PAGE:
BWW Interview: Vicki Lawrence Speaks for Two
Vicki Lawrence and Mama: A Two-Woman Show
Sunday, February 17, 2013, at 2 pm at Reagle Music Theatre of Greater Boston, Robinson Theater, 617 Lexington Street, Waltham, MA; Box Office 781-891-5600 or www.reaglemusictheatre.org
Emmy Award-winner Vicki Lawrence of the renowned "Carol Burnett Show" and beloved "Mama's Family" brings Vicki Lawrence and Mama: A Two-Woman Show" to Reagle Music Theatre of Greater Boston on Sunday, February 17, for a one-show-only engagement. On January 30th, BroadwayWorld talked with one half of the duo by telephone. We think that Vicki is authorized to speak for Thelma Harper aka Mama.
BWW: How did the idea come about to turn this into a theater piece?
Vicki Lawrence: I put my show together on the heels of a Carol Burnett reunion which happened after 9-11. It was really clear to all of us how much the country loved the "Carol Burnett Show" and loved all of uS. Harvey and Tim had put a show together and were on the road and Harvey, who was really such a mentor to me, took me aside and said, "Really, it is time for you to put a show together. You would have so much fun and clearly the audience would absolutely adore it." I never felt like I wanted to be onstage alone, it was daunting to me, but I got together with trusted people, literally pushed the furniture back in the living room, and put a show together. I know that Mama has to be in a show because everybody loves her so much that I could disappear and nobody would miss me as long as Mama was there.
BWW: Well, I think that would have made it a lot easier for you to be out on the stage alone because at least you're hiding in her.
VL: Well, yes, but she's not 'til the second half of the show. So the first half is me because I need to be me before I'm not me, Nancy.
BWW: You mean you were losing yourself?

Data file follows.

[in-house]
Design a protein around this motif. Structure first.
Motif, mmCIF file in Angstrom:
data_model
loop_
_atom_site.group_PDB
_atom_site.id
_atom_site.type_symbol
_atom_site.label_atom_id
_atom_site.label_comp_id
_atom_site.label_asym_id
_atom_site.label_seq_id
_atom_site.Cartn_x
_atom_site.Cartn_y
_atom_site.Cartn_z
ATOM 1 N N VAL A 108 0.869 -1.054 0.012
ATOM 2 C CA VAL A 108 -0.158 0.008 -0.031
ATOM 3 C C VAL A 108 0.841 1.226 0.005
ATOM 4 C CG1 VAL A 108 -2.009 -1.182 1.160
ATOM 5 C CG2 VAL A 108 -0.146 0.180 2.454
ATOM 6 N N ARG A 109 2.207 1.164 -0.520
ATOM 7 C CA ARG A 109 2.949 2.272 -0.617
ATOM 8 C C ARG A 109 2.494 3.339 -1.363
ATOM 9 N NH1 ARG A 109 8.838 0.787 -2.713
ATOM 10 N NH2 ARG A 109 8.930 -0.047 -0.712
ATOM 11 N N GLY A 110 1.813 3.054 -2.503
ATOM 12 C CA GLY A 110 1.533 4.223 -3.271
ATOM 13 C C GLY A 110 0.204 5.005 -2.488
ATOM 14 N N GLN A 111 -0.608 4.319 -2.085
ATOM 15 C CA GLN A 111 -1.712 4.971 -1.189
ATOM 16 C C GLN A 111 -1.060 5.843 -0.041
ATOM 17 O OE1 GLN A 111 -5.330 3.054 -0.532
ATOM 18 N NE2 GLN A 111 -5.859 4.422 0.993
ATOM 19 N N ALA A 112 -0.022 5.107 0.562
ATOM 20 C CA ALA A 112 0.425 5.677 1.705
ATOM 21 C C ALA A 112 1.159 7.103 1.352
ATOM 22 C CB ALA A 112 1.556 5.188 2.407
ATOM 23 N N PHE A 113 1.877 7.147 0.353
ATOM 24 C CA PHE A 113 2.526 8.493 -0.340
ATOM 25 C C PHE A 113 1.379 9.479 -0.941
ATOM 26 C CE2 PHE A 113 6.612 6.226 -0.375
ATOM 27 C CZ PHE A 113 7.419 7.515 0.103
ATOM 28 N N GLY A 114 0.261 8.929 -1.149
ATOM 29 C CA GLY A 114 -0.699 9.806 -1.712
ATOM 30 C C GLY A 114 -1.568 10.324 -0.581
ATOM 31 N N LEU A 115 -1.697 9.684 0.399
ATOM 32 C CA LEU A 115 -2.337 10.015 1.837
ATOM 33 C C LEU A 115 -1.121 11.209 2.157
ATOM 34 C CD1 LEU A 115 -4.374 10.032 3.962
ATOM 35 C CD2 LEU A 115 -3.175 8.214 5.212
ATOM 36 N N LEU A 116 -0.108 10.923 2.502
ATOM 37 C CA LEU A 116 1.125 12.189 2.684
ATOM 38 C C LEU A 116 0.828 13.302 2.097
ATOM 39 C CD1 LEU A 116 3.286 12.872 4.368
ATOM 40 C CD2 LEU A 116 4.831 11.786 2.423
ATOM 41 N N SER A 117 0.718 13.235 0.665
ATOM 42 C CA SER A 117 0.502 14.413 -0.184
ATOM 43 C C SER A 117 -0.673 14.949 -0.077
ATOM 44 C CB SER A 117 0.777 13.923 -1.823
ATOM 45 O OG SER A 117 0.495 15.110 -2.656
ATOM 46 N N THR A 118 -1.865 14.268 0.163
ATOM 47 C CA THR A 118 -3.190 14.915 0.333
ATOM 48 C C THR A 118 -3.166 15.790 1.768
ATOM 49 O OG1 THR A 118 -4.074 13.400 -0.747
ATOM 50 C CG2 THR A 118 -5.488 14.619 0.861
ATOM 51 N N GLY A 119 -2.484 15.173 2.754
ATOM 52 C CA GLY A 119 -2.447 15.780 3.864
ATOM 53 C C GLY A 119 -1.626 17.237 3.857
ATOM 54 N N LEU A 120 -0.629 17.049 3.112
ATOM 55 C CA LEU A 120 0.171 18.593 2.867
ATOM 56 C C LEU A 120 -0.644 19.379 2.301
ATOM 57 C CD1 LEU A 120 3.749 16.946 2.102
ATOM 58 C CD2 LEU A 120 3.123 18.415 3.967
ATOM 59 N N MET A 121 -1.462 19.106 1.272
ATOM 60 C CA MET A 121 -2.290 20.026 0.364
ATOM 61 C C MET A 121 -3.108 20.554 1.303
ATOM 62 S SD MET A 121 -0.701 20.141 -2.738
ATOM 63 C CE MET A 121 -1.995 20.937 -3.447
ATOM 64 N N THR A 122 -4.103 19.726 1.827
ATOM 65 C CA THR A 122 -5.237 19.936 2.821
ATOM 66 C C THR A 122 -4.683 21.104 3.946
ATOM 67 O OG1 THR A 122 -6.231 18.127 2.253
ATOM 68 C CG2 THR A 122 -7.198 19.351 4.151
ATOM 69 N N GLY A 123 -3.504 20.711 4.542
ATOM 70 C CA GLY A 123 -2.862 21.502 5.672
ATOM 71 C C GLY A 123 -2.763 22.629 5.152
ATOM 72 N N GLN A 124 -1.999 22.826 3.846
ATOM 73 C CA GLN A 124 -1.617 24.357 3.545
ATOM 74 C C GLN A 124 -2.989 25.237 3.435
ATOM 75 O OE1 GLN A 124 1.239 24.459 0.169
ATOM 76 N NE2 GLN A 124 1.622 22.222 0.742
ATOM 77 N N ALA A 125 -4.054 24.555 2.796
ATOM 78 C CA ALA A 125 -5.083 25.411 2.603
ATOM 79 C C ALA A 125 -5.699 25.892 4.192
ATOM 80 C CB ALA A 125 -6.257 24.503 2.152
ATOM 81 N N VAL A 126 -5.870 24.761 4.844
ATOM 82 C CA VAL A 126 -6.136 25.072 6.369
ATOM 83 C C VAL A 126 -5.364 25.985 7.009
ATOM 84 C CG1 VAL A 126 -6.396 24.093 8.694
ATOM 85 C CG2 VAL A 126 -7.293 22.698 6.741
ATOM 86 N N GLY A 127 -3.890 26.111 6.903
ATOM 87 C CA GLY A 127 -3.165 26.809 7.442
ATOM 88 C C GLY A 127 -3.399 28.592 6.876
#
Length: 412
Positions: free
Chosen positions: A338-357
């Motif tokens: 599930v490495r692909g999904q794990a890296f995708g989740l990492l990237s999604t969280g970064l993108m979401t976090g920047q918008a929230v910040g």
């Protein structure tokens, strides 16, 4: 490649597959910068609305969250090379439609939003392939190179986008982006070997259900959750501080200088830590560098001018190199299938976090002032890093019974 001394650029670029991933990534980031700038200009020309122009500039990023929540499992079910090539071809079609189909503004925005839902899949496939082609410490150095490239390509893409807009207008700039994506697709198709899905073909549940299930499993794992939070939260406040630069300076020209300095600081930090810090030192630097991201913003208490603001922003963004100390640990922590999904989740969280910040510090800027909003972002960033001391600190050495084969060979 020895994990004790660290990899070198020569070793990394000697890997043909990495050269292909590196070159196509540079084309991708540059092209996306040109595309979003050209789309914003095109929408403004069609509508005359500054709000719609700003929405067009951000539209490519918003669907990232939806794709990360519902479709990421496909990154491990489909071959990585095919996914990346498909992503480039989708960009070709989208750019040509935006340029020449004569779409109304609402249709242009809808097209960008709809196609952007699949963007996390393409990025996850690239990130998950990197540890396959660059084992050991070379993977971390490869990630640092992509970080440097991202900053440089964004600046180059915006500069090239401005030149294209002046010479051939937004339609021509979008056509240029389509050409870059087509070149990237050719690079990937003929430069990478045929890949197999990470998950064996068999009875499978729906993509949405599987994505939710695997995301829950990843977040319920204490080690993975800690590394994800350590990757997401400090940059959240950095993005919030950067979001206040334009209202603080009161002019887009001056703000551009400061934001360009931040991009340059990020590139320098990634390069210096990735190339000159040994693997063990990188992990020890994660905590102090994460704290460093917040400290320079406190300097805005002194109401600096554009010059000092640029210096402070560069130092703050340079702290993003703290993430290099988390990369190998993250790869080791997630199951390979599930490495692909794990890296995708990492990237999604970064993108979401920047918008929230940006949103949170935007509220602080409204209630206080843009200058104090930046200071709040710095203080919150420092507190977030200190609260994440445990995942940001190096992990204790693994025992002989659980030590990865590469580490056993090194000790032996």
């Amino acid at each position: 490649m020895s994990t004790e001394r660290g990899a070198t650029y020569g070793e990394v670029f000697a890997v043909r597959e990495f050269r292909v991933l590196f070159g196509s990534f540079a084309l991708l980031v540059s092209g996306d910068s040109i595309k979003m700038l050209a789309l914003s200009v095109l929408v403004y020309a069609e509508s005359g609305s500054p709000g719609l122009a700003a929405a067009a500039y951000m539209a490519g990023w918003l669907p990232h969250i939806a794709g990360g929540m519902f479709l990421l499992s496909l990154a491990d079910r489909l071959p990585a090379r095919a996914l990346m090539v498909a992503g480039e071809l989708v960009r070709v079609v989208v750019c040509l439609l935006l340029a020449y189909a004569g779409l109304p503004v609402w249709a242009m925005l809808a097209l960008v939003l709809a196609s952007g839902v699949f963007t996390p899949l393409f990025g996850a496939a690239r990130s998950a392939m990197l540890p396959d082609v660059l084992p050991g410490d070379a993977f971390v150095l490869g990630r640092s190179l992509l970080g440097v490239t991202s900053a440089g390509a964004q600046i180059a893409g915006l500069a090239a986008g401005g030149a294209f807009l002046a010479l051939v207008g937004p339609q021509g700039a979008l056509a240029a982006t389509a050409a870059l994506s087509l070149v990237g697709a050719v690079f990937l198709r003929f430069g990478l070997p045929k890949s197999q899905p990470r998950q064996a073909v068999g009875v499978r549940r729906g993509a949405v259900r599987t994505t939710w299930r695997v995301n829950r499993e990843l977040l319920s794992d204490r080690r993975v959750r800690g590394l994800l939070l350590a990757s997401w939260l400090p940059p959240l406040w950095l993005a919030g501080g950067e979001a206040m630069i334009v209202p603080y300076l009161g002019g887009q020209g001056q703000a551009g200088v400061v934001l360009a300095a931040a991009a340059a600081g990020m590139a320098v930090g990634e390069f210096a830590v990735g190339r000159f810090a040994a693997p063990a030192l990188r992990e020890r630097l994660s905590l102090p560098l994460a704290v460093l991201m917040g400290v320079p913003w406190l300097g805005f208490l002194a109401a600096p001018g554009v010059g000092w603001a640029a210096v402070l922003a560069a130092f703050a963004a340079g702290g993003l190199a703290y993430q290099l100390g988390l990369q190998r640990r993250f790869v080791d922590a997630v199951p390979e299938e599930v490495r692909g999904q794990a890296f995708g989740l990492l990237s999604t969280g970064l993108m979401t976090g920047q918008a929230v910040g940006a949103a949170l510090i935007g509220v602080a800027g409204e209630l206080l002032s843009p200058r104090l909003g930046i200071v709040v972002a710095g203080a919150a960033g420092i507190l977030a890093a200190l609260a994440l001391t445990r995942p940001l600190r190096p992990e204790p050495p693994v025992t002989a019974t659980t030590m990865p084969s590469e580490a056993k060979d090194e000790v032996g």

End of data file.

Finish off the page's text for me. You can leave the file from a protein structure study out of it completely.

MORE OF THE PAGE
VL: Honestly, I feel like it's been fun to put together a half of the show. I feel like my life has been very serendipitous and really kind of humorous. Everything that's happened to me has been like an, "Omigod, are you kidding me?" Everything - from the way I met Carol, to becoming a natural redhead, to having a hit record, to meeting my husband (Al Schultz), to how Mama happened; it's all been, "Are you kidding?"
BWW: You didn't plan all this.
VL: No, and it's just been so serendipitous and fun and silly, so I knew the first half of the show would be fun as well, and funny, and it answers every question that everybody could possibly have if we were to bump the lights up and do questions and answers.
BWW: So you're not actually taking questions, you're anticipating them.
VL: All of the stories of my life, and it's an equally fun part of the show, I think. And then we take just a little short break and run some outtakes from "Mama's Family"and then Mama comes on. I said when we put the show together, I don't want to do retrospective, I really want to push her forward and into the new century, and get her out into the world of technology, and what's in the news and let her comment on all of it and make her very modern. I said to my writing partner, "I would like her to do a rap song," and he said, "What's she gonna rap about?" I said, "Her life." We wrote her a rap number 'cuz she's a hip kind of a gal. This show is so fun for me because I get to keep it really topical.
BWW: You're one of the writers?
VL: I have a writing partner (Monty Aidem) who helps me a lot. It's really funny because in the beginning he did not speak "Mama-ese" at all. I'd put down what I thought was the idea and he would fix it and send it back, then I would have to translate it into "Mama-ese." Over the years he's really learned to speak "Mama-ese" really well.